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In this first blog post of 2021, Max Besbris shares some implications from his new book, Upsold, for scholars of consumption, namely that intermediaries (in his case, real estate agents) are central to shaping consumers’ market choices and practices – even for special commodities like houses. – Michaela DeSoucey (section chair) Consume This! Home is Where […]

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Consume This! Consumer Activism and Corporate Diversity

In this post, Patricia Banks, author of the just-published Race, Ethnicity, and Consumption, reflects on how consumer-focused companies’ social media reacted to this spring and summer’s racial justice protests, as well as the subsequent activist response, neatly weaving it all through the important concept of ‘racialized political consumerism.’  – Michaela DeSoucey (section chair) Consume This! Consumer Activism […]

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Consume This! Inclusivity and Reflection in Artistic Spaces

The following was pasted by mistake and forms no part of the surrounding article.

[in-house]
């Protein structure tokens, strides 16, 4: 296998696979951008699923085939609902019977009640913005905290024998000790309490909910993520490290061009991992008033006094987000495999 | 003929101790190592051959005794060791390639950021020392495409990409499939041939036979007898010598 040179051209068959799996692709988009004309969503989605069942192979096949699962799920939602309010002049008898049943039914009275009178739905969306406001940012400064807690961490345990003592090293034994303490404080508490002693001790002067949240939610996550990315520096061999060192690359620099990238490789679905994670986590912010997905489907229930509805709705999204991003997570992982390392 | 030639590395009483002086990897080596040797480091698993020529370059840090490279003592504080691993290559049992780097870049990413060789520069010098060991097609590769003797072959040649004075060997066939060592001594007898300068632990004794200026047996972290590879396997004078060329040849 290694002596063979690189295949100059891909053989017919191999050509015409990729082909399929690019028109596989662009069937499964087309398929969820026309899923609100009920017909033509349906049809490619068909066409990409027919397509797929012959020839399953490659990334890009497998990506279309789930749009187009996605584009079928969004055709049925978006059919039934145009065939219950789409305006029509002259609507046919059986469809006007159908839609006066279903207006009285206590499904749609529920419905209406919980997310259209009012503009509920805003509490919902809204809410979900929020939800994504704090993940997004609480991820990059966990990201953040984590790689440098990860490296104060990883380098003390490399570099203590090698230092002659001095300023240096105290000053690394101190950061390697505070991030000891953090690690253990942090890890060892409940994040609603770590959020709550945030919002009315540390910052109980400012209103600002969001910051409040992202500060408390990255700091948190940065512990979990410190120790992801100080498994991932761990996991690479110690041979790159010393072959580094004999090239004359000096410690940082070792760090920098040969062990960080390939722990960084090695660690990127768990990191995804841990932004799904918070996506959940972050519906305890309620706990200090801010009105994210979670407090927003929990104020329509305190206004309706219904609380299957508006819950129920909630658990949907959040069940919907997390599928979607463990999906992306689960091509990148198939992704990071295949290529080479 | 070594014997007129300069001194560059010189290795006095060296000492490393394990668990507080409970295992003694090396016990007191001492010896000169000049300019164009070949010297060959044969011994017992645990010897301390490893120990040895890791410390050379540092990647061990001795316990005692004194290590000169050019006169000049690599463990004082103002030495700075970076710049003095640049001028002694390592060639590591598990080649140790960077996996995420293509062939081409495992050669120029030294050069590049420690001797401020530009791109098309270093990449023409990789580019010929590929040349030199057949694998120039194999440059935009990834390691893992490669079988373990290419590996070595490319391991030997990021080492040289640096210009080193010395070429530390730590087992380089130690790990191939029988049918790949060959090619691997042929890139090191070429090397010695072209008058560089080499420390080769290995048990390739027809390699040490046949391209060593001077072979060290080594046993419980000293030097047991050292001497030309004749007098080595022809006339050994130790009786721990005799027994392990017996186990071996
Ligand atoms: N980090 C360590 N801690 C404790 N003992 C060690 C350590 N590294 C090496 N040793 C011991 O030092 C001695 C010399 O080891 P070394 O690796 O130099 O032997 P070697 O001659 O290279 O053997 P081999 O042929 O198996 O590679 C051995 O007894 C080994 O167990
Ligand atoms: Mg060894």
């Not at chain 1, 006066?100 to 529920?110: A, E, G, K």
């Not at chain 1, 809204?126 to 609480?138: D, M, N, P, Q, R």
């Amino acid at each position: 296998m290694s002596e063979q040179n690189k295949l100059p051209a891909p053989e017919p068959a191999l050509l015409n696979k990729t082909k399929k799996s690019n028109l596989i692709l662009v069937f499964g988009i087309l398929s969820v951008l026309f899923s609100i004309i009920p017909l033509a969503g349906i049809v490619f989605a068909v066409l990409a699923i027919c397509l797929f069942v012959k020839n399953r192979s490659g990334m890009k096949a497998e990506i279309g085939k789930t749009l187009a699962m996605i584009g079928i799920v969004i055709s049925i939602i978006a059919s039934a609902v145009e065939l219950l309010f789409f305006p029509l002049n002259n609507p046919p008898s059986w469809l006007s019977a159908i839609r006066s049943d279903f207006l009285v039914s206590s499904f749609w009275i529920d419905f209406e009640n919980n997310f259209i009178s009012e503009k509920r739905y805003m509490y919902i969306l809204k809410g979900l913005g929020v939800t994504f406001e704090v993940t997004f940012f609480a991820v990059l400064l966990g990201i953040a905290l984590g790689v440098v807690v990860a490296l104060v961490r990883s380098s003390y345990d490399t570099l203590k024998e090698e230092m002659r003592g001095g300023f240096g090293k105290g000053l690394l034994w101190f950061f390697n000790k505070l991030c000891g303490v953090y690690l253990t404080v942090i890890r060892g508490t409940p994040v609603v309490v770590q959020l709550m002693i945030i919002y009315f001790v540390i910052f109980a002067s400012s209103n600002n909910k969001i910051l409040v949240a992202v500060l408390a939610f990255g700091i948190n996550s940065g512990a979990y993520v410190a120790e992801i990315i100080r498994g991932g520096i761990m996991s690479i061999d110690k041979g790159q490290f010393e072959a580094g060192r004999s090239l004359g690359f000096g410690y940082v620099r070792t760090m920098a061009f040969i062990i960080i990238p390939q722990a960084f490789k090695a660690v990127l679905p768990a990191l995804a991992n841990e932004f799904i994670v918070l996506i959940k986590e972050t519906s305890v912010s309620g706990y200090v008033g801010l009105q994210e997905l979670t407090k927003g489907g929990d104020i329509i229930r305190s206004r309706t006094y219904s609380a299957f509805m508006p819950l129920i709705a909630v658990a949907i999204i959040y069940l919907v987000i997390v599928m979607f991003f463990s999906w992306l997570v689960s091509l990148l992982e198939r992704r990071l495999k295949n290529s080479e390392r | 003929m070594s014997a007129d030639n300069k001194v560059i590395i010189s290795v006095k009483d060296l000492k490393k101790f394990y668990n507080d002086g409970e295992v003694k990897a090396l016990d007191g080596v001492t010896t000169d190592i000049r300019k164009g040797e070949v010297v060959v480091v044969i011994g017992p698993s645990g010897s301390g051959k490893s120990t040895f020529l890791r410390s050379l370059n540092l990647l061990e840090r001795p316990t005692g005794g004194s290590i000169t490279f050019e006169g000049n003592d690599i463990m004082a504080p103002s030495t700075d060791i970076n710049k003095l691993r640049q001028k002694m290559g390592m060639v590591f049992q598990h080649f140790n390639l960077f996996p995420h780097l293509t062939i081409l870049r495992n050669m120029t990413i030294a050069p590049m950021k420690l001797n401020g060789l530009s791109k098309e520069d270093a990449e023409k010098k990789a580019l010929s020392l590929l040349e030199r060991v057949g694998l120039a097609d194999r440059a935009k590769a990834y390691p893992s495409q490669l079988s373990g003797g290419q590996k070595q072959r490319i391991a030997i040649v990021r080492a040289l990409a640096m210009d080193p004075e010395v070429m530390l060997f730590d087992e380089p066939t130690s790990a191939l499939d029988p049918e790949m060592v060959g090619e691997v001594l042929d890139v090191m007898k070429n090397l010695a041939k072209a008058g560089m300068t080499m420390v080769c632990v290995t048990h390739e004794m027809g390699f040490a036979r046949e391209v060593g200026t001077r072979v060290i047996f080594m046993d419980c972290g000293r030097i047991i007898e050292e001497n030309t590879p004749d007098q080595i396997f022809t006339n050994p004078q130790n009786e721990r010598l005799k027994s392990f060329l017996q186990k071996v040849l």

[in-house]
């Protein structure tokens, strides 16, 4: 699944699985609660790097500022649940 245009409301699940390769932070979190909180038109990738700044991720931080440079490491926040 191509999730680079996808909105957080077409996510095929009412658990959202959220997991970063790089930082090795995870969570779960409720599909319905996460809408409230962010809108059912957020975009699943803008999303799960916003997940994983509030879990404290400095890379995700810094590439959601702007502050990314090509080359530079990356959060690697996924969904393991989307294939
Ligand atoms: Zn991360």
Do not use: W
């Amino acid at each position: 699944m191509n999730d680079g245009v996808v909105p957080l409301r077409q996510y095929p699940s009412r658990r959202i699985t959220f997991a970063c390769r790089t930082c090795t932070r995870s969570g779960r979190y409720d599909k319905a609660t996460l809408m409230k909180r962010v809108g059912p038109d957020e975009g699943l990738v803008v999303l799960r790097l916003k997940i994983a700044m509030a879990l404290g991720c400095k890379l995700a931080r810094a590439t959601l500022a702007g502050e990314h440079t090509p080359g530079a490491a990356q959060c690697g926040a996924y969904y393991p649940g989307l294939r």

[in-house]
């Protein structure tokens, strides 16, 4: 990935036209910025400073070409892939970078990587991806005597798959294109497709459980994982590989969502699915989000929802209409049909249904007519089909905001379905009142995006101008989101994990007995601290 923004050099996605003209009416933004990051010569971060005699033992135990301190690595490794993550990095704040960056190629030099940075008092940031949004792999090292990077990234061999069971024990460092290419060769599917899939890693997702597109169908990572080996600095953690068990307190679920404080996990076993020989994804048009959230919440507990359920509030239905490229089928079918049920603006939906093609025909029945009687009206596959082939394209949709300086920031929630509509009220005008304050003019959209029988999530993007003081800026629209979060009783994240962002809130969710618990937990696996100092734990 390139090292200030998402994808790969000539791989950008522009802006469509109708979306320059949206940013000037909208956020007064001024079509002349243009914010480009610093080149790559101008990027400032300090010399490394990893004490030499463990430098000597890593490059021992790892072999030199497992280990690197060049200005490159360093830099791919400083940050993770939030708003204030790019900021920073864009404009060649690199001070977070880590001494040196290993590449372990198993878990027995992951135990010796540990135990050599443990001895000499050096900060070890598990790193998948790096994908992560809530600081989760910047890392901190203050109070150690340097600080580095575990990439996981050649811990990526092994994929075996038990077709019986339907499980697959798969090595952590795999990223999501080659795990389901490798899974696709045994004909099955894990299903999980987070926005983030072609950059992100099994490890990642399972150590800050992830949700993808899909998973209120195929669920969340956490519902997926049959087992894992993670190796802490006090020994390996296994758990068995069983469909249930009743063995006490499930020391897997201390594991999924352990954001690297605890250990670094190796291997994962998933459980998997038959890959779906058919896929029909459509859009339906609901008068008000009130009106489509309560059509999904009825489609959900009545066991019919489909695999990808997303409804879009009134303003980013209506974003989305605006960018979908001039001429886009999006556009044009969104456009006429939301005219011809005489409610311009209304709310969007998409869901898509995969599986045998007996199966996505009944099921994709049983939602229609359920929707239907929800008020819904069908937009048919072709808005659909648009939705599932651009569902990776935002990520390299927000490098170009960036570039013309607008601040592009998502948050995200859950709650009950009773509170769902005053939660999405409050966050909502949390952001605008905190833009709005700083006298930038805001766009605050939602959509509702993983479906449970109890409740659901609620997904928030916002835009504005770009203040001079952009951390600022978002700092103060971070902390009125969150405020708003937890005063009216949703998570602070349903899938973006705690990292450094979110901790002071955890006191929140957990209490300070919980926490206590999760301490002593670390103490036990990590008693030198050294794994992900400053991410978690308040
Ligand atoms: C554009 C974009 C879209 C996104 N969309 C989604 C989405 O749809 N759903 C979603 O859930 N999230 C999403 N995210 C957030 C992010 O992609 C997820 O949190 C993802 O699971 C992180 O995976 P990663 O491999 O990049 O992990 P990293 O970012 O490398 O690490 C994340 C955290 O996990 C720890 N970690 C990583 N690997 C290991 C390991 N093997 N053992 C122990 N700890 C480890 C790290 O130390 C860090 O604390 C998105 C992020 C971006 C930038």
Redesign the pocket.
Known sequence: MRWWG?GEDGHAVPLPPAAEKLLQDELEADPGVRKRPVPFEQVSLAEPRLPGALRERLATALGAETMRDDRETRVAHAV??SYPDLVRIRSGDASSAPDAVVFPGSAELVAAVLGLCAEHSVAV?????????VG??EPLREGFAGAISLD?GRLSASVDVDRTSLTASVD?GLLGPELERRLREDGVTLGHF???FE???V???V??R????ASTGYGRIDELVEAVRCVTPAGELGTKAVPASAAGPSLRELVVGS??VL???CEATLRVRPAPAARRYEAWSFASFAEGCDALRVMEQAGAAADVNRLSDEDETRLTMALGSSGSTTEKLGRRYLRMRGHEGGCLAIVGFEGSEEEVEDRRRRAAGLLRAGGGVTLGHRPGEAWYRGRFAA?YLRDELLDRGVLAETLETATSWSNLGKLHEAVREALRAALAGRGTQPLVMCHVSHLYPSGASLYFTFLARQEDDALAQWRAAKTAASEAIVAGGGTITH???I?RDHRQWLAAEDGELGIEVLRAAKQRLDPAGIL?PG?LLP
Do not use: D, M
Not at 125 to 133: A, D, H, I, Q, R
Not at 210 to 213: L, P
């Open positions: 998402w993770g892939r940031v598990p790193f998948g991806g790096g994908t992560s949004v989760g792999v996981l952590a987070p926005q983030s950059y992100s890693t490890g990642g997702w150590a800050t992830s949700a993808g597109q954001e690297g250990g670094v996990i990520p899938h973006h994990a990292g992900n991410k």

This month’s blog post features an essay by Amanda Koontz based on her recent visit to Art Basel Miami and the Spectrum Miami Art Show. Here she uses audience engagement with art exhibitions to discuss the relationship between inclusiveness and authenticity. — Richard E. Ocejo (Section Chair) Consume This! Space, Place, and Authenticity: What Helps Create Inclusivity […]

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Consume This! Ethnography and the “Tuned-Up” Palate

In this month’s post, Michael Ian Borer, author of the recent book Vegas Brews, discusses the importance in ethnographic research of “learning to taste” as both a part of the method and an object of inquiry. — Richard E. Ocejo (Section Chair) Consume This! Ethnography and the “Tuned-Up” Palate By Michael Ian Borer Despite his vast experiences in […]

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Consume This! The Evolution of Luxury 

In this month’s post, Ian Malcolm Taplin draws from his new book, The Evolution of Luxury, to provide a much-needed historical analysis and contextualization of high-end consumption to show how goods and their meanings have transformed. — Richard E. Ocejo (Section Chair) Consume This! The Evolution of Luxury  By Ian Malcolm Taplin Perhaps like others I […]

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